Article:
VIRGINIA, WHERE the Confederacy established its capital, has a fraught relationship with its history and with the racial wounds left by slavery, the Civil War, the Jim Crow era and the state’s policy of “massive resistance” to integration.
Four years ago Robert F. McDonnell (R), newly sworn in as governor, triggered condemnation when he issued what he apparently thought was an anodyne proclamation of Confederate History Month, in which he concluded that “all Virginians” must appreciate the state’s “shared” history and the Confederacy’s sacrifices. Somehow, he omitted any mention of Virginia’s half-million slaves — more than a quarter of the state’s antebellum population — who may not have shared such a benign view of the Confederacy. The governor quickly apologized and revised his proclamation.
Those sensitivities flared this spring at Washington and Lee University, a well-regarded, small private school in Lexington, Va., whose own fraught history is bound up closely with Virginia’s. In a letter to the university’s board of trustees, a group of African American law students took note of that history and made a series of demands, including that the school remove a set of Confederate battle flags that had hung on campus for more than 80 years in the apse of the chapel named for Gen. Robert E. Lee, who is buried there. Lee was president of the university for five years following the war, and after his death the school added his name to its own.
Last week Washington and Lee wisely decided to remove those flags (which are replicas of the originals first hung in 1930) from the chapel. In a statement, the school expressed regret that, for several decades before the Civil War, it owned dozens of slaves, who helped build dormitories on campus.
Predictably, groups that lionize the Confederacy and tend to gloss over the fact that “property” — read: slavery — was central to its cause indignantly condemned the university’s decision, suggesting that it had somehow denigrated Lee’s legacy. One such hothead, Brandon Dorsey, commander with the Lexington brigade of the Sons of Confederate Veterans, said that if African American students “didn’t want to be offended by Lee’s legacy,” they could have chosen another school.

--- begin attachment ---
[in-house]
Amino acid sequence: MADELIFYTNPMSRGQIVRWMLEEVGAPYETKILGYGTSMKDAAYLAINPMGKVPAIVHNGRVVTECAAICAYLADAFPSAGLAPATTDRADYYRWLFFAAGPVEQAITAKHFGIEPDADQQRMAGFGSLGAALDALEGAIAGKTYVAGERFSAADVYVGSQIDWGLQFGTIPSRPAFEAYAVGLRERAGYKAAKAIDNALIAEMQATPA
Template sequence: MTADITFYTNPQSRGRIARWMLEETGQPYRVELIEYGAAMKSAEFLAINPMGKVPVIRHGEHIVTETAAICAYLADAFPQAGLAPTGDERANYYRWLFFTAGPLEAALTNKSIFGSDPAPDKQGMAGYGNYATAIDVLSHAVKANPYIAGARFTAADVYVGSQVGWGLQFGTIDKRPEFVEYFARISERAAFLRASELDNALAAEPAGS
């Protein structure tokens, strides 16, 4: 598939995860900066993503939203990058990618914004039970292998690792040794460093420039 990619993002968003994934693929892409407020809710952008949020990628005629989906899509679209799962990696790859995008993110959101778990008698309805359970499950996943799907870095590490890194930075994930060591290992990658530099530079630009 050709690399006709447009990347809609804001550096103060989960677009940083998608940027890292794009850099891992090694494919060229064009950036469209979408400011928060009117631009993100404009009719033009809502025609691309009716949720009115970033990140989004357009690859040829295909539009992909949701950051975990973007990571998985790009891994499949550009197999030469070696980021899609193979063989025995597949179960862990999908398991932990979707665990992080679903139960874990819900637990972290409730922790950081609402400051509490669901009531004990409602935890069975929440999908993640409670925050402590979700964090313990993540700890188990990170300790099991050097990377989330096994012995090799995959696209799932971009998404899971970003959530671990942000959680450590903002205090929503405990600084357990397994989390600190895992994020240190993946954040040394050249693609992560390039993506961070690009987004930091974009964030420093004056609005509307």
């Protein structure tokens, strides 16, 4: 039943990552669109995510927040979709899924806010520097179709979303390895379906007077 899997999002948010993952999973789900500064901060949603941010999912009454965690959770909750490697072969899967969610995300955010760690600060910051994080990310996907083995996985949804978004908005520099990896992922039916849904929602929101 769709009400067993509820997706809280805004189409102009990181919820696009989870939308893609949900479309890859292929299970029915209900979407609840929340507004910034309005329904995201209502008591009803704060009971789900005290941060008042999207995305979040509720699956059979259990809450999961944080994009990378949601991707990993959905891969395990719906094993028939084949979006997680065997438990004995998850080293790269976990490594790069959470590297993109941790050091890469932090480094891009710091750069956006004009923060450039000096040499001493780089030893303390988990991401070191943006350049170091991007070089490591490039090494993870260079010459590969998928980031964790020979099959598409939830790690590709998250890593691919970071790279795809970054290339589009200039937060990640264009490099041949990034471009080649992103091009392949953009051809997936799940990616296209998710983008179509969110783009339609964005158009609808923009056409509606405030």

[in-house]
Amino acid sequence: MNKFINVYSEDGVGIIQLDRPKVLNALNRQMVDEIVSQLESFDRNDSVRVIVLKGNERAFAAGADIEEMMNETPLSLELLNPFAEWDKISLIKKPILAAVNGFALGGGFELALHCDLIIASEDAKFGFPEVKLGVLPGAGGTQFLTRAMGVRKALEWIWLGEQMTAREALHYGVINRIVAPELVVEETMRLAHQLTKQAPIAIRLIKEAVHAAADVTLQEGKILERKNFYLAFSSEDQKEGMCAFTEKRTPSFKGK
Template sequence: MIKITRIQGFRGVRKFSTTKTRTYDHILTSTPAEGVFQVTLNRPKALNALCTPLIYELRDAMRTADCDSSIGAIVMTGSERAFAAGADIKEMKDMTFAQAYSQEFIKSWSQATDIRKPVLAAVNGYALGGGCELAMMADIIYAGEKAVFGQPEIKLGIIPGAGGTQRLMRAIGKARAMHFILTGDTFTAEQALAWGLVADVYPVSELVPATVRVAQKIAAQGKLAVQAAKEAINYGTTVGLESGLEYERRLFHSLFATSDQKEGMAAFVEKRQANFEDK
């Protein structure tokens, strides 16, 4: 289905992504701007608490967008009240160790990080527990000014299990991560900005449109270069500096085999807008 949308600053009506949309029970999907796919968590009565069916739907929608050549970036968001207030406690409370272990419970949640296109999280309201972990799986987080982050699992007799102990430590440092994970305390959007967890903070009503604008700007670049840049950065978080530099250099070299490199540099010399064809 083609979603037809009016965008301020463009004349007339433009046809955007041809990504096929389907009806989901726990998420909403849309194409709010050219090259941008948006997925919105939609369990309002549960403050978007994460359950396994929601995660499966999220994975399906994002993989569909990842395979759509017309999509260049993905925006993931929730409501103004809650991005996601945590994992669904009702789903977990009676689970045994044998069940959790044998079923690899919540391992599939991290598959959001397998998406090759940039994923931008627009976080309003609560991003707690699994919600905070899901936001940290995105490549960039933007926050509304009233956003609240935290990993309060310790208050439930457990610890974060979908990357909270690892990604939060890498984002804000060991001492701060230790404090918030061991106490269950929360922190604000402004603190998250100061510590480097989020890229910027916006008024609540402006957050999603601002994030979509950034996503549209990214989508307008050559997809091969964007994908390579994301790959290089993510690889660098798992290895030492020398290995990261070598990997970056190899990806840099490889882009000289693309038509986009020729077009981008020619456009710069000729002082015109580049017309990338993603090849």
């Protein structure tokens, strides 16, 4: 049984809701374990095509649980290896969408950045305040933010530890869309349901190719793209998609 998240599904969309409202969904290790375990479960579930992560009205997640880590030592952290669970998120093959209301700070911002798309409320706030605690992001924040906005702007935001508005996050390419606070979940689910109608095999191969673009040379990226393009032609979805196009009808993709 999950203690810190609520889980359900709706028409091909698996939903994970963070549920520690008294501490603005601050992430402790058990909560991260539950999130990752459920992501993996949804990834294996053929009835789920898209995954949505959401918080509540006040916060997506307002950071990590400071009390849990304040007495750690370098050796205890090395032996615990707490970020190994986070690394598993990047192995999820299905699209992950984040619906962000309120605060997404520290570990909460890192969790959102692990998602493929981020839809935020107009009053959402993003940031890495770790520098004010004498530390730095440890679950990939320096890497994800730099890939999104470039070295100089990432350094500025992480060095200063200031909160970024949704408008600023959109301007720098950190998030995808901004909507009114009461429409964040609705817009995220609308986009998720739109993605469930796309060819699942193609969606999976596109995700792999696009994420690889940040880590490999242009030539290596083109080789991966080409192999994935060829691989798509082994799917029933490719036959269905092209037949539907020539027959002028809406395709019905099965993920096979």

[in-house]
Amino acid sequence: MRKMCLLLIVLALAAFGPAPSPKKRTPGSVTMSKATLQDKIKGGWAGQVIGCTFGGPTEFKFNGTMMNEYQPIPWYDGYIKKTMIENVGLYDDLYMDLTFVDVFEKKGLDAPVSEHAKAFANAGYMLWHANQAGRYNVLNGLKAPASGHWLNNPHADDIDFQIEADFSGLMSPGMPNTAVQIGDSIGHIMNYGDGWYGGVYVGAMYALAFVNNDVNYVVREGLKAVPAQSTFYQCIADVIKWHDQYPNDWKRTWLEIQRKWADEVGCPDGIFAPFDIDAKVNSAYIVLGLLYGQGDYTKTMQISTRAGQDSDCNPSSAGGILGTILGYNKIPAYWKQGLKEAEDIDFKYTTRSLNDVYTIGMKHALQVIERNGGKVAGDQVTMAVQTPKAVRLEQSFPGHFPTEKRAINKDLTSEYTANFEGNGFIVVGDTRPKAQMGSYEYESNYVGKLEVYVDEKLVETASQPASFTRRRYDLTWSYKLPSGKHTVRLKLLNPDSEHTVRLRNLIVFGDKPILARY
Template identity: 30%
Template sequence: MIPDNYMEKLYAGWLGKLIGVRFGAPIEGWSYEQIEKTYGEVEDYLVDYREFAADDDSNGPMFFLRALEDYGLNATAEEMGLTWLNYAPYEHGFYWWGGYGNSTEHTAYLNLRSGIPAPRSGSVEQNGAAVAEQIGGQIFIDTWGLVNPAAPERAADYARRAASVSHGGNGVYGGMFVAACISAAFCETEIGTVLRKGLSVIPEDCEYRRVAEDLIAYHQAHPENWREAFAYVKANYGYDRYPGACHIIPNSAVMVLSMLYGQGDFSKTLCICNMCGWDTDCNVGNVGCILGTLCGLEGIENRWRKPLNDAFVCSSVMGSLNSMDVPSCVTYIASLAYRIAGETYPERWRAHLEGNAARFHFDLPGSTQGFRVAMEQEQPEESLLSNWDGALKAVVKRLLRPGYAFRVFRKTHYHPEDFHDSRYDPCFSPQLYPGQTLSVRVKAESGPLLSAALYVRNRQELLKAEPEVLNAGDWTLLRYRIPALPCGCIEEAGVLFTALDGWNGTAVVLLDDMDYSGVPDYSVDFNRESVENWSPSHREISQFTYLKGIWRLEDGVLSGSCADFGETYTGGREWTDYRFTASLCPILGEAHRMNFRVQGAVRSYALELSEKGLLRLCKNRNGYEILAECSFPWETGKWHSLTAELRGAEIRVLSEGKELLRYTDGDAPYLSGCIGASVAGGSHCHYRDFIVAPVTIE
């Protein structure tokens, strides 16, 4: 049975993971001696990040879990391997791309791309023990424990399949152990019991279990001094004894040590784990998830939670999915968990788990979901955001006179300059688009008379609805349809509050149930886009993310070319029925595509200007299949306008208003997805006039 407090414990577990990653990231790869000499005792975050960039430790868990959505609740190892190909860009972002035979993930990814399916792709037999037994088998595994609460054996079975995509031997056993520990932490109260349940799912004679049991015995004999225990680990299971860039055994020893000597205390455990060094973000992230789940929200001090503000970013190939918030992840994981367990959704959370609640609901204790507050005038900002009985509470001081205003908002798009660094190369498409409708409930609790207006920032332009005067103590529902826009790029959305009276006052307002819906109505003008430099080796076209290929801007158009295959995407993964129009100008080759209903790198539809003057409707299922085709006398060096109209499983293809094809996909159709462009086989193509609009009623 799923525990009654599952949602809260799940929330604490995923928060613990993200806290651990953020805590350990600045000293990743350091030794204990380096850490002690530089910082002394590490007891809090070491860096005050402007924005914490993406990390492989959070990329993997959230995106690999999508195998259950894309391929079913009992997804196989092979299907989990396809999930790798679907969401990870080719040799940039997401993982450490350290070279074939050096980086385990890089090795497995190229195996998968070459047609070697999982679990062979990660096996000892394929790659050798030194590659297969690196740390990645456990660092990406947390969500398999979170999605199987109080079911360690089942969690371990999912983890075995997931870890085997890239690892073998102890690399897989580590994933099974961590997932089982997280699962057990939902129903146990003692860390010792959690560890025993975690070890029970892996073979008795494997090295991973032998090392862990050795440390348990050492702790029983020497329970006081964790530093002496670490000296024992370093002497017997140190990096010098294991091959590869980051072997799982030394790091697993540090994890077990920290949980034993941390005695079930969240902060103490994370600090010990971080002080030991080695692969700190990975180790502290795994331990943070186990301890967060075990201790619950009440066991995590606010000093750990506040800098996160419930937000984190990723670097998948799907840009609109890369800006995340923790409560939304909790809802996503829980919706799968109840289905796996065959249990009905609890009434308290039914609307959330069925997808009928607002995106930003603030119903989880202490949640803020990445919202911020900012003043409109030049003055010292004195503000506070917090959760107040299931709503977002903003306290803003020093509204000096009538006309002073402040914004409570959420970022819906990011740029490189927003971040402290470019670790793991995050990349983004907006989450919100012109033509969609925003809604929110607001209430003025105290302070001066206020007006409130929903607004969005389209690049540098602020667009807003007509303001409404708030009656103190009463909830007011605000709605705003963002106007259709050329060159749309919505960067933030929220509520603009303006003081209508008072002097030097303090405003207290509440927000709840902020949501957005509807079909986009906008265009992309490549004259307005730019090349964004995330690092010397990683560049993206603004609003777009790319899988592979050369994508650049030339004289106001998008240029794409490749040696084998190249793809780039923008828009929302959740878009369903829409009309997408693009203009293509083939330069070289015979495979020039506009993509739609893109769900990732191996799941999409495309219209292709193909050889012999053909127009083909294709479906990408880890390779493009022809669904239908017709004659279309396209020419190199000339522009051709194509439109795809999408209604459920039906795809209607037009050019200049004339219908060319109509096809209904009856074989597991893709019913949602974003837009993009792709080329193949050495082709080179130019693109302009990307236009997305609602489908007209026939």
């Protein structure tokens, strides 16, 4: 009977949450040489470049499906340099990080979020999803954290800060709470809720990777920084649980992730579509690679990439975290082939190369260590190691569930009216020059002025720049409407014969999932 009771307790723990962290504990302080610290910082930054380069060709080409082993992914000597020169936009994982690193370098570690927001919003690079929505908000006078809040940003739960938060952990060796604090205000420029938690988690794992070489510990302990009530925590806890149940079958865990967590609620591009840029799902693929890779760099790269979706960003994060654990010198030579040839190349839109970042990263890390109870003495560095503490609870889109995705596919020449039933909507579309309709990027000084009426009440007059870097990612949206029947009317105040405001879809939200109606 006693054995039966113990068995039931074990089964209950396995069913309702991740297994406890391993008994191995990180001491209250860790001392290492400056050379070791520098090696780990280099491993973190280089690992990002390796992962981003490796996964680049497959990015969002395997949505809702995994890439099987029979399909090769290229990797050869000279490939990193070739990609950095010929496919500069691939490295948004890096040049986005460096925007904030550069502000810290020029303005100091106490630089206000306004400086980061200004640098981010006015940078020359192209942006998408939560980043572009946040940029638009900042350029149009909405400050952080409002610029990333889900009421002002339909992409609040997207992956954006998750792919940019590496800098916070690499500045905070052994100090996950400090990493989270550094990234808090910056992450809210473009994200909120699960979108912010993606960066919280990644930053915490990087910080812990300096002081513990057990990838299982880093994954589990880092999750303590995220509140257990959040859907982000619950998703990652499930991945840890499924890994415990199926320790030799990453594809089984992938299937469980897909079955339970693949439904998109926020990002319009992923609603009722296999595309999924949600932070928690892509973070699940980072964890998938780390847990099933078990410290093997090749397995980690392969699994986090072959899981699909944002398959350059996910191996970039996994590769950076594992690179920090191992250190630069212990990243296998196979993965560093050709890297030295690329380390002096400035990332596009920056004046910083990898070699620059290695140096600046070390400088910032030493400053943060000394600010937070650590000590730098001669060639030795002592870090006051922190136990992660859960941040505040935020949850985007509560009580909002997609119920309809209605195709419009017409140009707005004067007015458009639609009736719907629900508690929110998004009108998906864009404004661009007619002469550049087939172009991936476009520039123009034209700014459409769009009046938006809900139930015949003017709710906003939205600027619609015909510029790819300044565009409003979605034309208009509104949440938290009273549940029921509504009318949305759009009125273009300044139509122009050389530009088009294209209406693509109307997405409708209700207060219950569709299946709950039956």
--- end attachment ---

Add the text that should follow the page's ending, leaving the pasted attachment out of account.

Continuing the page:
Understandably, officials at Washington and Lee are less enthused at being known as a bastion of racial insensitivity. Some 3 percent of the university’s roughly 2,300 students are African American, a considerably smaller proportion than that of the University of Virginia or the College of William and Mary. In deciding to remove the flags and forthrightly address its history, Washington and Lee is acknowledging it has work to do to present a more welcoming face to all students and applicants.
The Civil War and the Confederacy are integral to the history of the state and to Washington and Lee. But in the 21st century, public displays of the Confederate flag are widely taken as a racially coded provocation. The flag’s rightful place is in a museum, not in a university chapel.
Washington and Lee’s president, Kenneth P. Ruscio, agreed. He said the flags — the originals, not the replicas — will be displayed at the chapel’s museum on a rotating basis in cooperation with a Civil War museum in Richmond. In doing so, the university is moving to soothe racial wounds even as it airs the less attractive chapters of its own history.